November 7, 2010

Can Obama see that unemployment is an urgent problem?

November 7, 2010

If you are one of the nearly 15 million people who want to work and can’t find a job, you are not impressed that 151,000 new private sector jobs were created in October. That’s because it represents less than 1 percent of the workforce while 9.6 percent are still unemployed, which is nearly four million more than when President Obama took office.


If you are unemployed it’s not encouraging that the president says he is willing to consider some compromise with the new Republican majority in the House. Compromise does not produce a job or stimulate the economy. Certainty about taxes and regulations does.

Certainty about taxes and regulations will cause businesses to start growing again, if that certainty is lower taxes and fewer regulations. I wish I were optimistic that President Obama heard the American people last week through the mid-term election results, but during his press conference the next day he would only say that if the other side has some ideas about creating jobs, he would consider them.

Some ideas! Republicans have been screaming proven ways to stimulate the economy for the nearly two years he has been in office, but he and the Democrats continue to claim falsely that they are the failed policies of the past. A previous commentary shows where we were when President Obama took office versus June 2010, and the results are even worse today. The failed policies are the ones we have seen in the last two years.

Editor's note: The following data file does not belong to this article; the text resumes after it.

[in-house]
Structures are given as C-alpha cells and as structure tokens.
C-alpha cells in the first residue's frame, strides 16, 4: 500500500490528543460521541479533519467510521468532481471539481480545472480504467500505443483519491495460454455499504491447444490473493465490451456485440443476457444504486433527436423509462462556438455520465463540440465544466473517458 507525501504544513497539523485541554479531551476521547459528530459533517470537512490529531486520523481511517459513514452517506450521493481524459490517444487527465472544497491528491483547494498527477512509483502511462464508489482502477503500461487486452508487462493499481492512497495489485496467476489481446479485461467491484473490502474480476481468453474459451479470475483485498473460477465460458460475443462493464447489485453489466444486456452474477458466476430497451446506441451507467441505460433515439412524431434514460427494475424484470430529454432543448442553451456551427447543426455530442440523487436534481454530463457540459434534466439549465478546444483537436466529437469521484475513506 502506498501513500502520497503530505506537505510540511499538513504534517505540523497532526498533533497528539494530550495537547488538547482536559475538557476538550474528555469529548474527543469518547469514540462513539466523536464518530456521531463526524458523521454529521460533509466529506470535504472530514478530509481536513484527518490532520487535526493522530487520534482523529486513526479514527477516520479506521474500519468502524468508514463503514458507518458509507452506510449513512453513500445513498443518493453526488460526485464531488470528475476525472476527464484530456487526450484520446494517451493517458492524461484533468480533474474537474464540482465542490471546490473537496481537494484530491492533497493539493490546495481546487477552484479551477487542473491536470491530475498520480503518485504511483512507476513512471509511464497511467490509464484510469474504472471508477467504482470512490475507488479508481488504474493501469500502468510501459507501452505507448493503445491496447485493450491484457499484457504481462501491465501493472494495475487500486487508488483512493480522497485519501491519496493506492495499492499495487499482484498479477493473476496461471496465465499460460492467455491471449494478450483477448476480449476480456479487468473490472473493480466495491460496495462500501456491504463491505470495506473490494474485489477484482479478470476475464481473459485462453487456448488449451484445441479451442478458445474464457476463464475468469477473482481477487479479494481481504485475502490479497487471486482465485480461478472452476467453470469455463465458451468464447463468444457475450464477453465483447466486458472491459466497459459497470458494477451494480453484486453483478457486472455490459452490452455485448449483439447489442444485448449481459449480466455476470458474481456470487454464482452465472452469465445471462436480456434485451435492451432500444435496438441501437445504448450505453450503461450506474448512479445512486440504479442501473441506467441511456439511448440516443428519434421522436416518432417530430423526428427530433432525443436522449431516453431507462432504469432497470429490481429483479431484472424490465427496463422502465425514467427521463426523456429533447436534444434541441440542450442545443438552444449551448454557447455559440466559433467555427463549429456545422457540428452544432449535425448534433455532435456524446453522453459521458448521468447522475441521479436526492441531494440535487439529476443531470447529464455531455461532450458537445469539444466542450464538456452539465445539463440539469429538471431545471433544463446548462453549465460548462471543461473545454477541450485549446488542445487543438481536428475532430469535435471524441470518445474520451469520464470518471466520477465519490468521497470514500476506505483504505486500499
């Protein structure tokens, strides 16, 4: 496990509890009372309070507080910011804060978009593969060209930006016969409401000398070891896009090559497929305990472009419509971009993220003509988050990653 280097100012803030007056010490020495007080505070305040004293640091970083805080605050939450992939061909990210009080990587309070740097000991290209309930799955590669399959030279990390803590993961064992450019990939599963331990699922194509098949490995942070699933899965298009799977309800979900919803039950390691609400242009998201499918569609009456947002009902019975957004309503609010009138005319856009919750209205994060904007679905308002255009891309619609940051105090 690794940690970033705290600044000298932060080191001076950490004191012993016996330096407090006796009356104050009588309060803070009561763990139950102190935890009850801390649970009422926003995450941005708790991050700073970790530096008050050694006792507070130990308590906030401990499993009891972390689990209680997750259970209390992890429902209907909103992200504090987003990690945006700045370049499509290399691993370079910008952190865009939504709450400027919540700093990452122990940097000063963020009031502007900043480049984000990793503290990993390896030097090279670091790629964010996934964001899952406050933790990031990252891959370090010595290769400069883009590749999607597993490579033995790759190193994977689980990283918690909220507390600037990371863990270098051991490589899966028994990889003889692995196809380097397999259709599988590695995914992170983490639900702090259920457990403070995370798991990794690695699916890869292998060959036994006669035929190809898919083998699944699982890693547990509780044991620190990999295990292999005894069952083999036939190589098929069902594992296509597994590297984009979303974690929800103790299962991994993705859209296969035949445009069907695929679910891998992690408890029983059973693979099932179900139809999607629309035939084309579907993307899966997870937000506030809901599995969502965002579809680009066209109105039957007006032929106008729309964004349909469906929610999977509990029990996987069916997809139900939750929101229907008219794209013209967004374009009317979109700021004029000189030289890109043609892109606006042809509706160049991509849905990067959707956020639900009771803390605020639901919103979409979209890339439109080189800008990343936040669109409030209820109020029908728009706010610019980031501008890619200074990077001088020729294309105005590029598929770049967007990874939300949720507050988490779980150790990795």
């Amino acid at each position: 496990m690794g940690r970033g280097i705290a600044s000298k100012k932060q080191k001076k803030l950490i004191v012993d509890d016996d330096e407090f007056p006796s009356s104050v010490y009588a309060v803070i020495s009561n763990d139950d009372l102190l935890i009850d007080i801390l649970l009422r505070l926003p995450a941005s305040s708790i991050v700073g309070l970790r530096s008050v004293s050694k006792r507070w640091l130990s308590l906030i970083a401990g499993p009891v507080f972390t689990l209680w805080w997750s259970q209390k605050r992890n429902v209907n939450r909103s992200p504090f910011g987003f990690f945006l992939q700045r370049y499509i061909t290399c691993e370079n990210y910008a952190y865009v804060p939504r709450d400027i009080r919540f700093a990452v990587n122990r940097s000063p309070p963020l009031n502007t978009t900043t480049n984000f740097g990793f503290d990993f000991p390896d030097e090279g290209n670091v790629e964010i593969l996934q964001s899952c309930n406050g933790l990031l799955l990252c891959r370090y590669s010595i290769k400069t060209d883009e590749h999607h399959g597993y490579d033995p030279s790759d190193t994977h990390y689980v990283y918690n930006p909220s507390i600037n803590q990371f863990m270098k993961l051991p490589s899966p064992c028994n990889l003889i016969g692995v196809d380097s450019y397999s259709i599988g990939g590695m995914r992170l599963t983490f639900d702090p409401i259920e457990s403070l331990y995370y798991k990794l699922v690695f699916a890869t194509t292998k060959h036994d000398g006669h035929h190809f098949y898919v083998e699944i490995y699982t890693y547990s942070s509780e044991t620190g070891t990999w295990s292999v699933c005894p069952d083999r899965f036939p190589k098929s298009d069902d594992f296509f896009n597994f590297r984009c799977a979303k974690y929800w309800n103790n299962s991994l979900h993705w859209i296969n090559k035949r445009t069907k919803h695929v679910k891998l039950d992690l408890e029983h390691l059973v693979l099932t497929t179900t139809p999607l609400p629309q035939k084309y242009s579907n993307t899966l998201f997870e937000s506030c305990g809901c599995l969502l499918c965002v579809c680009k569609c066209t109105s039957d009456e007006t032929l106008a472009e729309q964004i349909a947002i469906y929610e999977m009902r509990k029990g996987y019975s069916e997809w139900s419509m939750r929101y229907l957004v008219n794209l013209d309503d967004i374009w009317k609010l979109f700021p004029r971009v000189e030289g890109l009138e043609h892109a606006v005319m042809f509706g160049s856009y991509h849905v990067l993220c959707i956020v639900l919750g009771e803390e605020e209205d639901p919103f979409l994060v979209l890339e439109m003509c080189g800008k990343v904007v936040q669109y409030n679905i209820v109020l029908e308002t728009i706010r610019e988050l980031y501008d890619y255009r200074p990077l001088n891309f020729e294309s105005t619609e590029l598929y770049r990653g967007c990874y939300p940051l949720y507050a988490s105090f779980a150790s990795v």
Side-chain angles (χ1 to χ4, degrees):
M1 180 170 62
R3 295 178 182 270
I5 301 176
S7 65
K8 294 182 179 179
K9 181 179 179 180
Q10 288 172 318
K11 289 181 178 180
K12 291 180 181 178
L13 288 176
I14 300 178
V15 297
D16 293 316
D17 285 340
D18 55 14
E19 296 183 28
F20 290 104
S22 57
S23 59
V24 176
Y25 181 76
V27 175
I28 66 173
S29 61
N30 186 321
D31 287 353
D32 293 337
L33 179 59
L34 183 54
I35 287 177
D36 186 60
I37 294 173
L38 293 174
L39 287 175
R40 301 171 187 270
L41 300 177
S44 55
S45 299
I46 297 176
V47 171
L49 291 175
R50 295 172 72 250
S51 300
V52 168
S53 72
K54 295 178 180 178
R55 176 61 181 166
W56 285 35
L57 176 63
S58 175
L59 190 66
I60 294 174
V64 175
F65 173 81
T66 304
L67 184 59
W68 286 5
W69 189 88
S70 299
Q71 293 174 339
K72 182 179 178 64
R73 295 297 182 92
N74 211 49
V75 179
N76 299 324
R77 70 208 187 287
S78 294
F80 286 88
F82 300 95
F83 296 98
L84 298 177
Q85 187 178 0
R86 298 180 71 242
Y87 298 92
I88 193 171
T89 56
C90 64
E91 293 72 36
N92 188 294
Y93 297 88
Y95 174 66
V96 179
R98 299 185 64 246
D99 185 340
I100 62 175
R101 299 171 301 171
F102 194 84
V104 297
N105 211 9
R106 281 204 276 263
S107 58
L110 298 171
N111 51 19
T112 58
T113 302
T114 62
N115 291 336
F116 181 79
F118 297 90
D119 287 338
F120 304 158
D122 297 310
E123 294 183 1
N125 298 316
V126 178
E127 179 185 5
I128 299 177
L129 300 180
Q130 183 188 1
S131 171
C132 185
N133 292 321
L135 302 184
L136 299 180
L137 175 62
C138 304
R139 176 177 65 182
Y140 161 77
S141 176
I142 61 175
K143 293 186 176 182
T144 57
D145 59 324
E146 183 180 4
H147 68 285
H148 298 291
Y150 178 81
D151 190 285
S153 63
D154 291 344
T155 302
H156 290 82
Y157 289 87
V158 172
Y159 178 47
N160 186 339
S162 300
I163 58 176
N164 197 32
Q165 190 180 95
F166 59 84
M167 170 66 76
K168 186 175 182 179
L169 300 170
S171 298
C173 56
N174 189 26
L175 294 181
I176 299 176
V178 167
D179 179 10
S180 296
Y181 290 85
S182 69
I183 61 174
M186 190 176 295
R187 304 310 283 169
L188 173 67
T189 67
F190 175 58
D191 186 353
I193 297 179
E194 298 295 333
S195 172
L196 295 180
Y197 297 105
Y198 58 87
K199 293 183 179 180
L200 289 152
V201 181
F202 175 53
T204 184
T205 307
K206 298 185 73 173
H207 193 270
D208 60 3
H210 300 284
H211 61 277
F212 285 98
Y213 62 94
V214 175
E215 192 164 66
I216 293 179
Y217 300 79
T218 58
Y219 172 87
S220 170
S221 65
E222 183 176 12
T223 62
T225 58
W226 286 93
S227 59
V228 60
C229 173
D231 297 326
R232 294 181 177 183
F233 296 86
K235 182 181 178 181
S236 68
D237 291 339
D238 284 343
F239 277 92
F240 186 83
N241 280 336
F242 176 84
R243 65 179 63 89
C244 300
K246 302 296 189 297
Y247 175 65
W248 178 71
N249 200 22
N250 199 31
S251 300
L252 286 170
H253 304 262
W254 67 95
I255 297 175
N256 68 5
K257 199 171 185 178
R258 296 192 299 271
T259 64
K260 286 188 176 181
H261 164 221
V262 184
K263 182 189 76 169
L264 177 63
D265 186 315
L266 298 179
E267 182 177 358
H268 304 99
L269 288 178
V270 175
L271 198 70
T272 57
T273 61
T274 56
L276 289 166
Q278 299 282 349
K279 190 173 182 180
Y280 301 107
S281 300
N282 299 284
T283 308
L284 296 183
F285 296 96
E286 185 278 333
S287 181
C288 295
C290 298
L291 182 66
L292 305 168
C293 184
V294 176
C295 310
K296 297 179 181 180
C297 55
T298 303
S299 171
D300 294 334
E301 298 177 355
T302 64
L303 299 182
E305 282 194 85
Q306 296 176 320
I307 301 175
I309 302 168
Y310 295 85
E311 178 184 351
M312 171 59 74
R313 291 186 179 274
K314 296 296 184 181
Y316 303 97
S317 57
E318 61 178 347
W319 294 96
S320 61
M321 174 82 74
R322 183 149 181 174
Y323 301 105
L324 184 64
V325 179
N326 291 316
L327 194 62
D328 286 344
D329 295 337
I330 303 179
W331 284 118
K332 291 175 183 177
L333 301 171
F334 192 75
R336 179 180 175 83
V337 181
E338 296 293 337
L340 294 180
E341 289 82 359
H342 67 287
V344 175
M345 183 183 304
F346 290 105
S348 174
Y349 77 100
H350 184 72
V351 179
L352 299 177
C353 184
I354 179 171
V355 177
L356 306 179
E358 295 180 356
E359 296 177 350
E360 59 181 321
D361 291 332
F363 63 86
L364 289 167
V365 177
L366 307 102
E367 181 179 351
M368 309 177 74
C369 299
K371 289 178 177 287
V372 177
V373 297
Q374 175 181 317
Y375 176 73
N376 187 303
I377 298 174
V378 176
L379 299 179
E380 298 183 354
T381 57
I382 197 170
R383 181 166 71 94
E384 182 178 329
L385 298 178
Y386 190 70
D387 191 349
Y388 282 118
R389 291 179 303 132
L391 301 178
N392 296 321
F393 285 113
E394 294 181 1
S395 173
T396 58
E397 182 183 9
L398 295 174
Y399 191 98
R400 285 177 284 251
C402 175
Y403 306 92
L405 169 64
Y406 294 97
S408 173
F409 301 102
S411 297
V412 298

Many writers have written extensively about what we need to do to truly stimulate the economy. But the ideas have fallen on deaf ears. The ideas do not reinforce the liberals’ ideological belief that more government is the answer.

In his February 2010 State of the Union address, the president once again promised the American people he would make creating jobs a top priority. What we have seen is unprecedented spending, and a health care bill the majority of the people did not want. Every day people are learning that it is filled with regulatory grenades that have nothing to do with health care, and that health care costs are going to go up instead of down as promised by the president and the Democrats.

The president and the Democrats obviously do not understand the pain of unemployment like some of us do who encounter it every day. We continue to loan money to relatives and friends who are looking hard for work, but can’t seem to be in that 1 percent that’s landing one of the newly created private sector jobs. Although competent and qualified, many of them remain stuck in that unemployed 9.6 percent.

Even more discouraging are the calls I get to my radio show of businessmen and women who say they can’t hold on any longer, and that they are going to be forced to start letting people go, and in some cases shut down the business altogether.

The president and Congress see the unemployment situation in a Labor Department report or a news story. Many of us see it in the faces of those that don’t know where the next rent payment is going to come from, or how they will be able to scrape enough money together for groceries.

The newly elected Republican majority in the House is not a mandate for business as usual in Congress. It’s a probationary period for Republicans. Even if they do not achieve everything they said they would do, they have to try. They may have to compromise on some issues, but a half-pregnant economic stimulus will not put people back to work.
The unemployed are tired of promises, politics and the personal pain of being unemployed. They want a job.

The president and his administration don’t seem to understand that urgency.